Greater London

London Education Classification

"The London Education Classification is a library classification and indexing thesaurus used at the UCL Institute of Education. It was devised by D.J. Foskett and Joy Foskett. It was devised to address deficiencies in general classification schemes in dealing with education. It was originally devised in 1963, and revised in 1974. It is a faceted classification, inspired by the work of S.R. Ranganathan and of the Classification Research Group."

Garside Classification

"The Garside Classification Scheme is one of those used in the libraries of UCL. It was devised by Kenneth Garside while he was deputy librarian there. Intellectually, it was based on the close relationship between the library and the teaching departments. The library at UCL rejected the major published classification schemes because 'none of them would generally acceptable to the teaching departments without such major modifications as would have destroyed its essential character.' Instead, it was modeled around the 'subject reading rooms' into which the collection had been divided.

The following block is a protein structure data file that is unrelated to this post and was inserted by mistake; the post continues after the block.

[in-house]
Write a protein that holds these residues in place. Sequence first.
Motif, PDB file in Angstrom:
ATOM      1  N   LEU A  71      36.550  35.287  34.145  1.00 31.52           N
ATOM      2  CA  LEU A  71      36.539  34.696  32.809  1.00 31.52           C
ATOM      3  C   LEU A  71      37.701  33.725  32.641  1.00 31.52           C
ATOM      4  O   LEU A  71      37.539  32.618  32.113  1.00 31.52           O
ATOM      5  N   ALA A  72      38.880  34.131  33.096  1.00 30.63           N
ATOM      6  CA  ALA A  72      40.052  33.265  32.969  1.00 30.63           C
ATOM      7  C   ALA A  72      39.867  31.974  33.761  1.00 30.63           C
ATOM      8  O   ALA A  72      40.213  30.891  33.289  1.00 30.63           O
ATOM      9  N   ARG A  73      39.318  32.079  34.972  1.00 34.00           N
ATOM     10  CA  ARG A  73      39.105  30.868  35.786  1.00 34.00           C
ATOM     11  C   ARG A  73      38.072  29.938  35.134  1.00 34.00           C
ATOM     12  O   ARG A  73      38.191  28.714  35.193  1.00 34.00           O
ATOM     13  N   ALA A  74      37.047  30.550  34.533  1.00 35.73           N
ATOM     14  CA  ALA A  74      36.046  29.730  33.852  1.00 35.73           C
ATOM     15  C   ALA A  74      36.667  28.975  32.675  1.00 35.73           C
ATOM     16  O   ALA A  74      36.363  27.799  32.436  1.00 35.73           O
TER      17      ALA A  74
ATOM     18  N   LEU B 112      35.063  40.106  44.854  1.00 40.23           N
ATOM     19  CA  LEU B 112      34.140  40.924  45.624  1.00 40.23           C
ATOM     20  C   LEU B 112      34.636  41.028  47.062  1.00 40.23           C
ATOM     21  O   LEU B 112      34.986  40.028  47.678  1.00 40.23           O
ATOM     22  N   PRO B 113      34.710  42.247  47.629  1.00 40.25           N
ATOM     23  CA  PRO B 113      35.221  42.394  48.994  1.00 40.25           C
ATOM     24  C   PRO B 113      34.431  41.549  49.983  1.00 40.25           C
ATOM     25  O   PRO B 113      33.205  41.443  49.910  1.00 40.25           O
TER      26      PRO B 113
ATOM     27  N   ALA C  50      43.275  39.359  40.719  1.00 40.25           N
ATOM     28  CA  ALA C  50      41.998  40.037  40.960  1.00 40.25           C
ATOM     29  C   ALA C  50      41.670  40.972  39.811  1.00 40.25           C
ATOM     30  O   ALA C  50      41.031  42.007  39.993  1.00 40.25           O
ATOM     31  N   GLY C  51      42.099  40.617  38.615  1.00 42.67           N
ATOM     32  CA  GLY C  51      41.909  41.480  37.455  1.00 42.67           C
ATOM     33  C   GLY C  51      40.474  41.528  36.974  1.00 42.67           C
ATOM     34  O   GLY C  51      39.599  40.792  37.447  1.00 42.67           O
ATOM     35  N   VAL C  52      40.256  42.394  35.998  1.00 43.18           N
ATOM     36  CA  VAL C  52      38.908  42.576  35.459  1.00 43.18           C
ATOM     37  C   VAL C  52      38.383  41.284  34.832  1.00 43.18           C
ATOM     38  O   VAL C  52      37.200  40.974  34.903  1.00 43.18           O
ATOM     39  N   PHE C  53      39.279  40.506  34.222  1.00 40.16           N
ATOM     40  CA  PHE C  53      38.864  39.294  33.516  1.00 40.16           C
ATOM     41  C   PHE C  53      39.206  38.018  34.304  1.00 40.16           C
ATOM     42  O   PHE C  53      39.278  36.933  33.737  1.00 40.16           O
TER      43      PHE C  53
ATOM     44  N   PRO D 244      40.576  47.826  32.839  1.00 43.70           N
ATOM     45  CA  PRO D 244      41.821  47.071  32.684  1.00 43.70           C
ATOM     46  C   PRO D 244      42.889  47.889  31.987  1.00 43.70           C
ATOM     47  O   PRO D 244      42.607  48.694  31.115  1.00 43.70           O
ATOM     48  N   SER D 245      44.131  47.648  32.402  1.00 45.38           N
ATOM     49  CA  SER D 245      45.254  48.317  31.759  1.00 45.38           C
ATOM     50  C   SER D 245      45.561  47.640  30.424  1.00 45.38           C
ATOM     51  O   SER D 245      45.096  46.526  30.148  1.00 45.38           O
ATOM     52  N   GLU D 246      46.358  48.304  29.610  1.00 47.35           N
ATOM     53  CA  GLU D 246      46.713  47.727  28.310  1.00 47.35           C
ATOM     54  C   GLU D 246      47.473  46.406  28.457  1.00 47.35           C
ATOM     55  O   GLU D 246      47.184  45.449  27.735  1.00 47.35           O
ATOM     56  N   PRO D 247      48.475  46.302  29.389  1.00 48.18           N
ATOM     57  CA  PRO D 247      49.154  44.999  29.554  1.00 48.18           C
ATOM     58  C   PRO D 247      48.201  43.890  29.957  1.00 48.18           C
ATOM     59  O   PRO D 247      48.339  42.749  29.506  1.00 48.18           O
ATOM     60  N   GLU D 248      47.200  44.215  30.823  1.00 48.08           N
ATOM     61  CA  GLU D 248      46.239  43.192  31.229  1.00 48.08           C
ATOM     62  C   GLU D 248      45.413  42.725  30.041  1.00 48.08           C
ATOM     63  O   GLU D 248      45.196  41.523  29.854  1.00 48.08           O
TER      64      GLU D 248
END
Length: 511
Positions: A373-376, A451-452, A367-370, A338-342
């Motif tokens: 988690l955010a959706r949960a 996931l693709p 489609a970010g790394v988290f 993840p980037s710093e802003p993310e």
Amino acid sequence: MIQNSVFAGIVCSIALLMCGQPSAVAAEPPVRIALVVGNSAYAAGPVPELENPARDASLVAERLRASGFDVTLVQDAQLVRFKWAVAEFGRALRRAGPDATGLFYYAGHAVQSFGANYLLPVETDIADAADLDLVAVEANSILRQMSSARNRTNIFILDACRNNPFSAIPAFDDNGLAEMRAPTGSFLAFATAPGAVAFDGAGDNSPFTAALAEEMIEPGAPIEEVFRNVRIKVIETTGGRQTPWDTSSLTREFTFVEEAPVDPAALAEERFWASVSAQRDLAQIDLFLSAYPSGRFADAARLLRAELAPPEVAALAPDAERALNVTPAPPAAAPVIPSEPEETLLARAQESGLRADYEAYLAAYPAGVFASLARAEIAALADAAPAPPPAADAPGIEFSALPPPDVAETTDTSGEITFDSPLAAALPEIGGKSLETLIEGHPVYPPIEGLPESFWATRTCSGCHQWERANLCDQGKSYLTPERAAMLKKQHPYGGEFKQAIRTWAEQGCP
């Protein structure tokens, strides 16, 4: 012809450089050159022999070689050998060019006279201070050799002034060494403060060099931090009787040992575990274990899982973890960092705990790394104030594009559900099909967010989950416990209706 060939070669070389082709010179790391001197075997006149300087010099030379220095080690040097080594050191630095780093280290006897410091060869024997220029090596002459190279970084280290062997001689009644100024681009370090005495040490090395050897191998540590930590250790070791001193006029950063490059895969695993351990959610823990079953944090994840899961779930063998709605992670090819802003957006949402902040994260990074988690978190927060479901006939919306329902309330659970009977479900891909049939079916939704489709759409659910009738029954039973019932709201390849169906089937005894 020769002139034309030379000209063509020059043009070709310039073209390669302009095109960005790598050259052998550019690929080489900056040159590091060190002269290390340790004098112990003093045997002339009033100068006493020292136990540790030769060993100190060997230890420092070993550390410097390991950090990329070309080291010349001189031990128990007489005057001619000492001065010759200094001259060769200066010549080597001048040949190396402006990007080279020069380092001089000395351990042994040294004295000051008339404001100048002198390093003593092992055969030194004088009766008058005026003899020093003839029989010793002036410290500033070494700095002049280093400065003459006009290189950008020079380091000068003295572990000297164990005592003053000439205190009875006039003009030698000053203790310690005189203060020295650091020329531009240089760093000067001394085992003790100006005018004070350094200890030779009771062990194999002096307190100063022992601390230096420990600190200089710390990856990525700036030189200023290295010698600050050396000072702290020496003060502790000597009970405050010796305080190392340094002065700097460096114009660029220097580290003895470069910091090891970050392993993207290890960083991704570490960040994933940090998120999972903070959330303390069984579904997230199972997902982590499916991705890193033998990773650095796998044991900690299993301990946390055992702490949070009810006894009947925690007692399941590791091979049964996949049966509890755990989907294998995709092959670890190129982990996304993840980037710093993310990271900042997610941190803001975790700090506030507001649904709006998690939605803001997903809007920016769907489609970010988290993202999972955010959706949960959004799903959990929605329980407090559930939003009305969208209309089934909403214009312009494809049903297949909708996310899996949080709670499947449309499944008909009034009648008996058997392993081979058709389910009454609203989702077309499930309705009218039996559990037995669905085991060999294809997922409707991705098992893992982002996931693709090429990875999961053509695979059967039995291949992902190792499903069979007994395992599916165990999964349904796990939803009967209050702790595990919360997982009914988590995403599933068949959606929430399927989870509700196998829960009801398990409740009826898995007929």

GOV.UK Taxonomy

"As members of the Finding Things team have written previously, we’ve long understood the need for a GOV.UK taxonomy that’s subject-based and site-wide, and we’ve been working towards achieving this challenging aim for a while. When finished, the taxonomy will group together all content on the site in a meaningful and intuitive way, using a hierarchical structure. It will consist of many ‘topics’ and ‘subtopics’, to which all content items will be tagged.

EPOC Taxonomy

"The first EPOC taxonomy of health systems interventions was developed in 2002, and included the following categories: (1) professional interventions; (2) financial interventions; (3) organisational interventions; and (4) regulatory interventions. This taxonomy was extensively revised and updated between 2013 and 2015 to address key gaps and also to bring the EPOC taxonomy into alignment with other taxonomies that were being used to classify health systems interventions in widely used online databases (Lavis 2015).